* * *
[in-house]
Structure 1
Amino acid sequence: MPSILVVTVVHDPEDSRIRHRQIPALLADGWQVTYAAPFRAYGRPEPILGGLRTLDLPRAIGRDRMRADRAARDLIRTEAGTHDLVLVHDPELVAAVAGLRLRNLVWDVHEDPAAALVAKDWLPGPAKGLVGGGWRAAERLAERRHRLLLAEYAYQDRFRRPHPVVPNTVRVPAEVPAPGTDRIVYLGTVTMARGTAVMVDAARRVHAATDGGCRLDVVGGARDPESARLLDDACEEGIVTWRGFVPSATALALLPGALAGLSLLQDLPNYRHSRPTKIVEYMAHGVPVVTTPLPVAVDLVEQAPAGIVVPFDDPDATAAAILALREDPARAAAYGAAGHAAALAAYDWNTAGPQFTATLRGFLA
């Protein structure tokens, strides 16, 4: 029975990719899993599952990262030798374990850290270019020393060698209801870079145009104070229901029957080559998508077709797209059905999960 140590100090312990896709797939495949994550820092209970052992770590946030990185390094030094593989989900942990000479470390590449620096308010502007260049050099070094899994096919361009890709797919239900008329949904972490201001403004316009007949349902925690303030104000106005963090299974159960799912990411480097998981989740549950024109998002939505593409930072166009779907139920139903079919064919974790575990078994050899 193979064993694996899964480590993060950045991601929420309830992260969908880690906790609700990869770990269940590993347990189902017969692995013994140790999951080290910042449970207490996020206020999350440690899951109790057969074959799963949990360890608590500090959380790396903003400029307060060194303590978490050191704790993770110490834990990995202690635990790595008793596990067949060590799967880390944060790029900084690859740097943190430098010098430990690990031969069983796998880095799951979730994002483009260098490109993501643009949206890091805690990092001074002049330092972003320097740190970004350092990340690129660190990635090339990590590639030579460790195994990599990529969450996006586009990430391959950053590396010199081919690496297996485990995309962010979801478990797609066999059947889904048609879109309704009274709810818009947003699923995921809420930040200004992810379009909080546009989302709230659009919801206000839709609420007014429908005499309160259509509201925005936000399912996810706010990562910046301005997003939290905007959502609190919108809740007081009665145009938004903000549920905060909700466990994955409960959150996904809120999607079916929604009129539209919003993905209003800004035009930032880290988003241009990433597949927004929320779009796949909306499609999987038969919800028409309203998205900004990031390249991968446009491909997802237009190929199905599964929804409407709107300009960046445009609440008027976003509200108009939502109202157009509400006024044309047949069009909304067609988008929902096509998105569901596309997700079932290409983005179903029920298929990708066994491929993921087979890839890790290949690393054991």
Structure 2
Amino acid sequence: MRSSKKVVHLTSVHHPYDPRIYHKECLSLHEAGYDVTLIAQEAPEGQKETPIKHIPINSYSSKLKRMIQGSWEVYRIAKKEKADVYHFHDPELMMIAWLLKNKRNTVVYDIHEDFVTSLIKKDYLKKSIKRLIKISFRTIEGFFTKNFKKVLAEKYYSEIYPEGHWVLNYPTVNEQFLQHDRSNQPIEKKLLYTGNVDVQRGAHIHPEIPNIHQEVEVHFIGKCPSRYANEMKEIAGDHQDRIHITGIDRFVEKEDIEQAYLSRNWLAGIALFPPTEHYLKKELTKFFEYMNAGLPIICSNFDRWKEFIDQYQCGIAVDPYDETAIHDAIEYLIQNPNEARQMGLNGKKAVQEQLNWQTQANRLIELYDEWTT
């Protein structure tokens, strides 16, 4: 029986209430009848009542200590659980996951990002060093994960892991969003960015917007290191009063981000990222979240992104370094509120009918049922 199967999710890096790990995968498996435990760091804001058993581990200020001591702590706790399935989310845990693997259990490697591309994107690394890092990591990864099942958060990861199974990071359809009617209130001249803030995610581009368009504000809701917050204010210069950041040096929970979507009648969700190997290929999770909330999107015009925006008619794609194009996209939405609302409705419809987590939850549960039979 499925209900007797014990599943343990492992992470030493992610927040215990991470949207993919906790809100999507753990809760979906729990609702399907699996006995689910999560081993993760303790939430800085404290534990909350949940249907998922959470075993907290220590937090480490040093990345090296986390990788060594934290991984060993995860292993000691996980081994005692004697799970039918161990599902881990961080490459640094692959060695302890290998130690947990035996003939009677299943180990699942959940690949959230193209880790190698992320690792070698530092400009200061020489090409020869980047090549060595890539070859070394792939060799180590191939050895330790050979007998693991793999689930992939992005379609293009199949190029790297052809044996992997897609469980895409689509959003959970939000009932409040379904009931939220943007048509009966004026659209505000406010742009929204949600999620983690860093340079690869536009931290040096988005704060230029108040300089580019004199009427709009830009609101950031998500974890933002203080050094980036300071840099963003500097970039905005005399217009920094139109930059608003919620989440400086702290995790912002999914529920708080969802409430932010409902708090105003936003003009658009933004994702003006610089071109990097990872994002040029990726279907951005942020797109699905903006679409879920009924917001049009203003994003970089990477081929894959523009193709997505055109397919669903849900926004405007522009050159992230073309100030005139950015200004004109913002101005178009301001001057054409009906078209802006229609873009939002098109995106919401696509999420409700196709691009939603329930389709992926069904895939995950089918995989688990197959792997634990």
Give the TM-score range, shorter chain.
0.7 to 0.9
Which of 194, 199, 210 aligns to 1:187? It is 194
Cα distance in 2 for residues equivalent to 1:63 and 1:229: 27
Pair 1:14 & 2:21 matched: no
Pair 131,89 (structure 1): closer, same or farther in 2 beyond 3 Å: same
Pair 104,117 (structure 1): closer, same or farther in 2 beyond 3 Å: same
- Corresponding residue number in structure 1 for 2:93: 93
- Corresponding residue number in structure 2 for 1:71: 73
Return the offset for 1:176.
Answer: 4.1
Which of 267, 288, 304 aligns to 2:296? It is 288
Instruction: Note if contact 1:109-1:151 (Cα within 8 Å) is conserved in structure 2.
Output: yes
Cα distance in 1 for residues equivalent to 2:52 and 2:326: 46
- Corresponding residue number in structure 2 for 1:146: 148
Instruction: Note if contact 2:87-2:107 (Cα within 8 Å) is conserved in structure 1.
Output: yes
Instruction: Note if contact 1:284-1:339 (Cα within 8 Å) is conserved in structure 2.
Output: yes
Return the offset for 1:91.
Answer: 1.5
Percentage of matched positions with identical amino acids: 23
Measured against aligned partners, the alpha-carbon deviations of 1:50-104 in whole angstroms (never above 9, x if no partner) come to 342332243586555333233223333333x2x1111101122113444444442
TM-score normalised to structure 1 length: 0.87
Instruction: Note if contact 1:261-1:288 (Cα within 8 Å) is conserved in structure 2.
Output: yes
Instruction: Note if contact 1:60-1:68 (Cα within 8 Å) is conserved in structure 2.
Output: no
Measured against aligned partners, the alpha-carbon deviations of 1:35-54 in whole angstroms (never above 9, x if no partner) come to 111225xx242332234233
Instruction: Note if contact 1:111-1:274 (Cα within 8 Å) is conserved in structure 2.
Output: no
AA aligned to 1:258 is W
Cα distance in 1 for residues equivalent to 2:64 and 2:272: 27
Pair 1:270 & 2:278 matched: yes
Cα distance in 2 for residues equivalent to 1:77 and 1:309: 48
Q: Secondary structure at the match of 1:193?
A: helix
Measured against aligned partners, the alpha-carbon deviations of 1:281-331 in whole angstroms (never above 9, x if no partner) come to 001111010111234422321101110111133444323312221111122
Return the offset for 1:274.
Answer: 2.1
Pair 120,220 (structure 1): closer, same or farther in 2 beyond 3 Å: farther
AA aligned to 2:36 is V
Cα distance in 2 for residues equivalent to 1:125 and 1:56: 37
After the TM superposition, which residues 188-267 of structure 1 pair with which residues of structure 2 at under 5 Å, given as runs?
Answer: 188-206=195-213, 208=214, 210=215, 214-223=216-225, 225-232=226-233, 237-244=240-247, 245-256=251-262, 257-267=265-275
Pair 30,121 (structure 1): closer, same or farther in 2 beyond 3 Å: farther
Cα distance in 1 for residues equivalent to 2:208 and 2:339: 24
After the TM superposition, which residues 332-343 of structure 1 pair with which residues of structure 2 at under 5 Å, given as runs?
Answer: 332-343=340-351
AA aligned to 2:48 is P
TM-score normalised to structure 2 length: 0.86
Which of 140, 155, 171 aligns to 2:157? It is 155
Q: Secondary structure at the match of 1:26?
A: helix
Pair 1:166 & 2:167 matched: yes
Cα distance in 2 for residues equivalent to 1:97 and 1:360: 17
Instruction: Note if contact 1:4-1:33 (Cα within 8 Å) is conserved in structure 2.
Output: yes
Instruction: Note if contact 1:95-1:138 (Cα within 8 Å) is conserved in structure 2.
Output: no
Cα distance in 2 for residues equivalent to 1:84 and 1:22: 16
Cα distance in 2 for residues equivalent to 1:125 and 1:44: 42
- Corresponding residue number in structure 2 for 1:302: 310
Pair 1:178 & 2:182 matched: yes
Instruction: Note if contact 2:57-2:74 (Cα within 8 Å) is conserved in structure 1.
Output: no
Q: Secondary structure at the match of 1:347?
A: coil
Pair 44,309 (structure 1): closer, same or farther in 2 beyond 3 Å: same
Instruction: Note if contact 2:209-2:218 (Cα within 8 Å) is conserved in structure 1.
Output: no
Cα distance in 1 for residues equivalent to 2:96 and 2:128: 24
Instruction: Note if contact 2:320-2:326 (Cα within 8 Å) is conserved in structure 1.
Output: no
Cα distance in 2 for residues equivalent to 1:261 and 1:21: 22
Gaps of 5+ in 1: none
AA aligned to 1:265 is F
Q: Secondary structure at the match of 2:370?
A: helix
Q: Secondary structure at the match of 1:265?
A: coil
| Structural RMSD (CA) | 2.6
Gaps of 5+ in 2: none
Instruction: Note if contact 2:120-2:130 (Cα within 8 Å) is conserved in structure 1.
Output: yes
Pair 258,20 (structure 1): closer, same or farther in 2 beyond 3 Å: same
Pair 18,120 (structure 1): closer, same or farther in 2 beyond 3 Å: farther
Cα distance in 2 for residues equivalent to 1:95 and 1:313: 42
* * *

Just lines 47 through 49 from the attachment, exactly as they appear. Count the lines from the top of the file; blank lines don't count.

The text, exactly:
Return the offset for 1:274.
Answer: 2.1
Pair 120,220 (structure 1): closer, same or farther in 2 beyond 3 Å: farther